• The Bill has introduced the concept of entrenchment in the articles of association of a company i.e., specified provisions of the articles of association may be altered only if the conditions and restrictions are more restrictive than those applicable in the case of a special resolution.
  • Class action suits have been permitted for inter alia restraining the company from breaching the 
    memorandum and articles of association, committing an ultra vires act, contravening the provisions of law.
  • Any board meeting will require a minimum 7 day’s notice. Such notice is to be given in writing to every director at his address registered with the company and is to be sent by post, hand delivery or electronic means. A shorter meeting may be called with a notice to transact urgent business, subject to the condition that such meeting shall be attended by at least 1 independent director, if any. In case no independent director is present in such a meeting, the decisions taken at such meetings shall be circulated to all directors and will become final only if the same is ratified by at least 1 independent director.
  • Appointment of at least one woman director has been made compulsory in classes of companies to be prescribed. 
  • The Bill makes it mandatory for 1/3rd of the board of a public listed company to comprise of independent directors. 
  • Inclusion of specific provision for participation of the directors in a board meeting through video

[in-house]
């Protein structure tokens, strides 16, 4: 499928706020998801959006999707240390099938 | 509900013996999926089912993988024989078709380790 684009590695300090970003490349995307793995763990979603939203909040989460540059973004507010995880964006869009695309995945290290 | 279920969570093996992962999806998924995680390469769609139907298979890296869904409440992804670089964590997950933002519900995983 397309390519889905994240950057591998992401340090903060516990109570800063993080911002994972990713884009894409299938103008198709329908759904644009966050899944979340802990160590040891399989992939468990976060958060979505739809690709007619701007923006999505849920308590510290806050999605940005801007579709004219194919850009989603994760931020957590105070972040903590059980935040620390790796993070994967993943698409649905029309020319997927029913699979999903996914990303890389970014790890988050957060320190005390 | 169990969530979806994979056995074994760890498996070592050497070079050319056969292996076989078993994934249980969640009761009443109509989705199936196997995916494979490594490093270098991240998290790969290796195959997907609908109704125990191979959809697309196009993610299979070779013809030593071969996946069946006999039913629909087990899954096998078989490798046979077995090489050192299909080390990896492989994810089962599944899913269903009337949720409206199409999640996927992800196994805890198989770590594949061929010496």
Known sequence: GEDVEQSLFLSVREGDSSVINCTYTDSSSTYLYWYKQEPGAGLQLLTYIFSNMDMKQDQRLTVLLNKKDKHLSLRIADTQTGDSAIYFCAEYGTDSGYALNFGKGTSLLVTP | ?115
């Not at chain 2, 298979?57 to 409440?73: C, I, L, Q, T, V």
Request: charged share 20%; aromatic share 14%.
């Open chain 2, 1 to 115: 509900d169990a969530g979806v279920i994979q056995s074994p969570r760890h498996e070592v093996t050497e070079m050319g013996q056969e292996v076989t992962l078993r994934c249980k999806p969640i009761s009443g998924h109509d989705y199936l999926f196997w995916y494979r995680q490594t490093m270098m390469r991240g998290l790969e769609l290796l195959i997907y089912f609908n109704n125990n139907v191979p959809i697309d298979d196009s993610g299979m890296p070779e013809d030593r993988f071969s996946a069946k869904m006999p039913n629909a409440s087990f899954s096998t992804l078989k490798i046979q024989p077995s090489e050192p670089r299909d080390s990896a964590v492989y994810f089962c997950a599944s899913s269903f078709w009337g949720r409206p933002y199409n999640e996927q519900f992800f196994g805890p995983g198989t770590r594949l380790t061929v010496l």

conferencing or other audio-visual means.
  • Recognition to books of accounts, registers, records etc in electronic form.
  • Bill requires every company to have at least one director who has stayed in India for a period of at least 182 calendar days in the previous year. 
  • The term ‘Promoter’ has been defined under the Bill as a person: 

     

     

    • (i) So named in a prospectus or is identified by the company in the annual return; or
      (ii) who has control over the affairs of the company, directly or indirectly whether as a shareholder, 
      director or otherwise; or
      (iii) under whose advice, directions or instructions the board of directors of the company is accustomed to act;
      and does not include a person acting merely in a professional capacity.
  • The annual return of every company has to list inter alia its promoters, along with any change in promoters in the previous financial year.
  • Observance of secretarial standards issued by the Institute of Company Secretaries of India is made compulsory for all companies, in respect of general and board meetings.
  • The Bill specifically provides for a director’s office to become vacant if he absents himself from all the meetings of the board of directors held during a period of 12 months, whether with or without leave of absence from the board.
  • Compulsory constitution of an Audit Committee, a Nomination and Remuneration Committee and a 
    Stakeholders Relationship Committee by all listed companies and certain other class of companies (to 
    be prescribed).
  • Investment by companies restricted to 2 layers of investment companies.